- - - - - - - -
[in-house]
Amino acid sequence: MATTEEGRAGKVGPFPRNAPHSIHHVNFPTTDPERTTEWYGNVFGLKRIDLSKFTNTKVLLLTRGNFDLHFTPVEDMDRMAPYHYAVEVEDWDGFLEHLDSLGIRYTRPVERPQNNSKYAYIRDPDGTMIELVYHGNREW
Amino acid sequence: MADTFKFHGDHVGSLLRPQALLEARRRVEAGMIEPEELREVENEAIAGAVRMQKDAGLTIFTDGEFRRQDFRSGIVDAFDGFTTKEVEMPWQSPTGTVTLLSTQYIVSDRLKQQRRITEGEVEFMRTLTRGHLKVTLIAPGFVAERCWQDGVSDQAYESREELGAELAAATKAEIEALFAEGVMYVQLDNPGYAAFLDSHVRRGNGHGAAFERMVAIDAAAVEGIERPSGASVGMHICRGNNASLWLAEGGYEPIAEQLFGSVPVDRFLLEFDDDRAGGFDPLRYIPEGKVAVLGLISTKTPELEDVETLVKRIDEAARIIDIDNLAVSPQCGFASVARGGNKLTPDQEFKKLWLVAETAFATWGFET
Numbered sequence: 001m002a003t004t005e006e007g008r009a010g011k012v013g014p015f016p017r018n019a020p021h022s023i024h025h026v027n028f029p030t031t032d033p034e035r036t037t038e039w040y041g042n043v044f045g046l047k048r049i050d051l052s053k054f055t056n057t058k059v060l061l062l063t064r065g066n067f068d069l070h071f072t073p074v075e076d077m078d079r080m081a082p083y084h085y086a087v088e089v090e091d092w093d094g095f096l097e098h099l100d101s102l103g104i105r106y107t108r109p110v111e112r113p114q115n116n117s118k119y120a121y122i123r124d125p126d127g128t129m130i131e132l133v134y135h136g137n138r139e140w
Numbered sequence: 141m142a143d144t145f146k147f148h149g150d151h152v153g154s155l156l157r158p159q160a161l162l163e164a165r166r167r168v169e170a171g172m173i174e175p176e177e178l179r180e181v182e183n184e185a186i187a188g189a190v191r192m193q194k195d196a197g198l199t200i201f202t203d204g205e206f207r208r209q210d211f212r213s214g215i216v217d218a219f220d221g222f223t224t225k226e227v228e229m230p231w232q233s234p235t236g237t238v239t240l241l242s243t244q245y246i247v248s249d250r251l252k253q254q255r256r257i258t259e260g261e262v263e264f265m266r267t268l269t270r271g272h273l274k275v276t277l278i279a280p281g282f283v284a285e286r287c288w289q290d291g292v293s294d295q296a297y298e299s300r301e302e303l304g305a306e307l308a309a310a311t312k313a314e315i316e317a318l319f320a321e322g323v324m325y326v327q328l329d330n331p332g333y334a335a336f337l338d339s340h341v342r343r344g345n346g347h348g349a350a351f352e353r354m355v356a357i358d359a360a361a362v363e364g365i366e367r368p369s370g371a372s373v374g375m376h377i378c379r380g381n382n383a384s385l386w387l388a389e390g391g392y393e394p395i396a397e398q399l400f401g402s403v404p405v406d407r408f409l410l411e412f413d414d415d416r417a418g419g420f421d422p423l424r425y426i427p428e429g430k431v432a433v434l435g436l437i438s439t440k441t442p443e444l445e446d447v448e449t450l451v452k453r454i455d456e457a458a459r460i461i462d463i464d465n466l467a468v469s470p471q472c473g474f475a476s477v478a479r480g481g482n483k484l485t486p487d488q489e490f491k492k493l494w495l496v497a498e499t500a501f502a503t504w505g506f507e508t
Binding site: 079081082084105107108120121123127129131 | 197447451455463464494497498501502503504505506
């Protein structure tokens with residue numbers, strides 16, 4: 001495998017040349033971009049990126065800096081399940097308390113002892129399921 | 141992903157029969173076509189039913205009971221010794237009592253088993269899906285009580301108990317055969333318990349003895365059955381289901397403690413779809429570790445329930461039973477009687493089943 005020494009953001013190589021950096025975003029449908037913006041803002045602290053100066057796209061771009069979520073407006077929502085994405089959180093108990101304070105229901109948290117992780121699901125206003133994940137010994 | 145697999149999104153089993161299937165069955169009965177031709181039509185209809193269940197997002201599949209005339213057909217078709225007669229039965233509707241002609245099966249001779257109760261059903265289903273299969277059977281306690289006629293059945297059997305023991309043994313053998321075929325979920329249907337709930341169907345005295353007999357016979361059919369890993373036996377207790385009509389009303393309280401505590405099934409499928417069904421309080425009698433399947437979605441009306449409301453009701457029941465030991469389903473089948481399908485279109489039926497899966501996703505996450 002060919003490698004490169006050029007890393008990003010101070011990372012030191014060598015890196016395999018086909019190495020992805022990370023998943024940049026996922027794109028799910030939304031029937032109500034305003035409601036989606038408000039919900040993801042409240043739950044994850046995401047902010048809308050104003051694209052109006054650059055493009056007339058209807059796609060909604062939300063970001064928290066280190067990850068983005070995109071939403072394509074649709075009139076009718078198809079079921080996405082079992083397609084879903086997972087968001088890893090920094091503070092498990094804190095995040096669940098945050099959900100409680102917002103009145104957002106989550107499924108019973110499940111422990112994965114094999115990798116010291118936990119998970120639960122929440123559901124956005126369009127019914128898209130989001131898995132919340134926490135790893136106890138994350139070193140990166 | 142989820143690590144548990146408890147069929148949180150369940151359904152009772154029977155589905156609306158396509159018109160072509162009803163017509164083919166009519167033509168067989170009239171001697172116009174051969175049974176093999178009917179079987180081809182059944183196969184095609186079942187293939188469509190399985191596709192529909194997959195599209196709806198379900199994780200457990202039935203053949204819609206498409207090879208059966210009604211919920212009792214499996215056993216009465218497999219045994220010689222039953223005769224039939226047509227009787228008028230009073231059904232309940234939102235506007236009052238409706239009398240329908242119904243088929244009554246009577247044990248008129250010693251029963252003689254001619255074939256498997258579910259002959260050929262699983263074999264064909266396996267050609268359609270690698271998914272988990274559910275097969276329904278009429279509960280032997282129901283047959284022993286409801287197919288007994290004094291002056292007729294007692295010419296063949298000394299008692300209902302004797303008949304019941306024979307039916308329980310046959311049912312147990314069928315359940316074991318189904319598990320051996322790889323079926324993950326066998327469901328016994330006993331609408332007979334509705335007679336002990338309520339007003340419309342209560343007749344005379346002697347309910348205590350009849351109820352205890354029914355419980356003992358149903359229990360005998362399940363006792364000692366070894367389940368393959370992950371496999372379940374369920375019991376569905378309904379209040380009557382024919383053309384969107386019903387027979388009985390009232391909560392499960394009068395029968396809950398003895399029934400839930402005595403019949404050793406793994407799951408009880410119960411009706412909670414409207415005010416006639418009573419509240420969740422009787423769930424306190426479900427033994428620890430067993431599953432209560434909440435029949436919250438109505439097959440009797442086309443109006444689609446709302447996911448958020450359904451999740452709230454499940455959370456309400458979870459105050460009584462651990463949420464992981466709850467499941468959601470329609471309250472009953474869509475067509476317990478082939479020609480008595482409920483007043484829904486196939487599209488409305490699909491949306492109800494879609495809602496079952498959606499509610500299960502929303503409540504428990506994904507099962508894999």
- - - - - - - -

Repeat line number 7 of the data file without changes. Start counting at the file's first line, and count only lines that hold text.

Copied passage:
């Protein structure tokens with residue numbers, strides 16, 4: 001495998017040349033971009049990126065800096081399940097308390113002892129399921 | 141992903157029969173076509189039913205009971221010794237009592253088993269899906285009580301108990317055969333318990349003895365059955381289901397403690413779809429570790445329930461039973477009687493089943 005020494009953001013190589021950096025975003029449908037913006041803002045602290053100066057796209061771009069979520073407006077929502085994405089959180093108990101304070105229901109948290117992780121699901125206003133994940137010994 | 145697999149999104153089993161299937165069955169009965177031709181039509185209809193269940197997002201599949209005339213057909217078709225007669229039965233509707241002609245099966249001779257109760261059903265289903273299969277059977281306690289006629293059945297059997305023991309043994313053998321075929325979920329249907337709930341169907345005295353007999357016979361059919369890993373036996377207790385009509389009303393309280401505590405099934409499928417069904421309080425009698433399947437979605441009306449409301453009701457029941465030991469389903473089948481399908485279109489039926497899966501996703505996450 002060919003490698004490169006050029007890393008990003010101070011990372012030191014060598015890196016395999018086909019190495020992805022990370023998943024940049026996922027794109028799910030939304031029937032109500034305003035409601036989606038408000039919900040993801042409240043739950044994850046995401047902010048809308050104003051694209052109006054650059055493009056007339058209807059796609060909604062939300063970001064928290066280190067990850068983005070995109071939403072394509074649709075009139076009718078198809079079921080996405082079992083397609084879903086997972087968001088890893090920094091503070092498990094804190095995040096669940098945050099959900100409680102917002103009145104957002106989550107499924108019973110499940111422990112994965114094999115990798116010291118936990119998970120639960122929440123559901124956005126369009127019914128898209130989001131898995132919340134926490135790893136106890138994350139070193140990166 | 142989820143690590144548990146408890147069929148949180150369940151359904152009772154029977155589905156609306158396509159018109160072509162009803163017509164083919166009519167033509168067989170009239171001697172116009174051969175049974176093999178009917179079987180081809182059944183196969184095609186079942187293939188469509190399985191596709192529909194997959195599209196709806198379900199994780200457990202039935203053949204819609206498409207090879208059966210009604211919920212009792214499996215056993216009465218497999219045994220010689222039953223005769224039939226047509227009787228008028230009073231059904232309940234939102235506007236009052238409706239009398240329908242119904243088929244009554246009577247044990248008129250010693251029963252003689254001619255074939256498997258579910259002959260050929262699983263074999264064909266396996267050609268359609270690698271998914272988990274559910275097969276329904278009429279509960280032997282129901283047959284022993286409801287197919288007994290004094291002056292007729294007692295010419296063949298000394299008692300209902302004797303008949304019941306024979307039916308329980310046959311049912312147990314069928315359940316074991318189904319598990320051996322790889323079926324993950326066998327469901328016994330006993331609408332007979334509705335007679336002990338309520339007003340419309342209560343007749344005379346002697347309910348205590350009849351109820352205890354029914355419980356003992358149903359229990360005998362399940363006792364000692366070894367389940368393959370992950371496999372379940374369920375019991376569905378309904379209040380009557382024919383053309384969107386019903387027979388009985390009232391909560392499960394009068395029968396809950398003895399029934400839930402005595403019949404050793406793994407799951408009880410119960411009706412909670414409207415005010416006639418009573419509240420969740422009787423769930424306190426479900427033994428620890430067993431599953432209560434909440435029949436919250438109505439097959440009797442086309443109006444689609446709302447996911448958020450359904451999740452709230454499940455959370456309400458979870459105050460009584462651990463949420464992981466709850467499941468959601470329609471309250472009953474869509475067509476317990478082939479020609480008595482409920483007043484829904486196939487599209488409305490699909491949306492109800494879609495809602496079952498959606499509610500299960502929303503409540504428990506994904507099962508894999």